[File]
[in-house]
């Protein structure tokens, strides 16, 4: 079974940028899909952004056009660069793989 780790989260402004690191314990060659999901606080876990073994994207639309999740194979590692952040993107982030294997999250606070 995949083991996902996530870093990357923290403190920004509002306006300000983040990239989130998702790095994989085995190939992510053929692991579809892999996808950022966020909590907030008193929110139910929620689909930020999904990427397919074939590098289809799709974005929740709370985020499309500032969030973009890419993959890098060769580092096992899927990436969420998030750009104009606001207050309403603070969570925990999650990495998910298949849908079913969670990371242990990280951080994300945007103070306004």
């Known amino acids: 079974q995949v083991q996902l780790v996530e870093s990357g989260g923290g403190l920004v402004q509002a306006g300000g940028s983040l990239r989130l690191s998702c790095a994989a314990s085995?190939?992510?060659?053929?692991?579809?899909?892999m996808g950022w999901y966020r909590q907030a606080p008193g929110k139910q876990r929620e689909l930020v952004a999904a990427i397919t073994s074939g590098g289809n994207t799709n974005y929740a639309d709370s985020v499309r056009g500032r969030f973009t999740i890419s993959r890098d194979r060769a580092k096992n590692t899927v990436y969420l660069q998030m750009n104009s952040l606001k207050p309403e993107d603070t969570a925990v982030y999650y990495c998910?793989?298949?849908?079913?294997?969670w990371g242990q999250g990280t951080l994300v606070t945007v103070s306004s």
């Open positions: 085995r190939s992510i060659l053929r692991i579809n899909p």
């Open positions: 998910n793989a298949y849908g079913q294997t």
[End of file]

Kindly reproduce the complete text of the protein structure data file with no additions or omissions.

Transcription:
[in-house]
């Protein structure tokens, strides 16, 4: 079974940028899909952004056009660069793989 780790989260402004690191314990060659999901606080876990073994994207639309999740194979590692952040993107982030294997999250606070 995949083991996902996530870093990357923290403190920004509002306006300000983040990239989130998702790095994989085995190939992510053929692991579809892999996808950022966020909590907030008193929110139910929620689909930020999904990427397919074939590098289809799709974005929740709370985020499309500032969030973009890419993959890098060769580092096992899927990436969420998030750009104009606001207050309403603070969570925990999650990495998910298949849908079913969670990371242990990280951080994300945007103070306004």
């Known amino acids: 079974q995949v083991q996902l780790v996530e870093s990357g989260g923290g403190l920004v402004q509002a306006g300000g940028s983040l990239r989130l690191s998702c790095a994989a314990s085995?190939?992510?060659?053929?692991?579809?899909?892999m996808g950022w999901y966020r909590q907030a606080p008193g929110k139910q876990r929620e689909l930020v952004a999904a990427i397919t073994s074939g590098g289809n994207t799709n974005y929740a639309d709370s985020v499309r056009g500032r969030f973009t999740i890419s993959r890098d194979r060769a580092k096992n590692t899927v990436y969420l660069q998030m750009n104009s952040l606001k207050p309403e993107d603070t969570a925990v982030y999650y990495c998910?793989?298949?849908?079913?294997?969670w990371g242990q999250g990280t951080l994300v606070t945007v103070s306004s």
């Open positions: 085995r190939s992510i060659l053929r692991i579809n899909p």
């Open positions: 998910n793989a298949y849908g079913q294997t």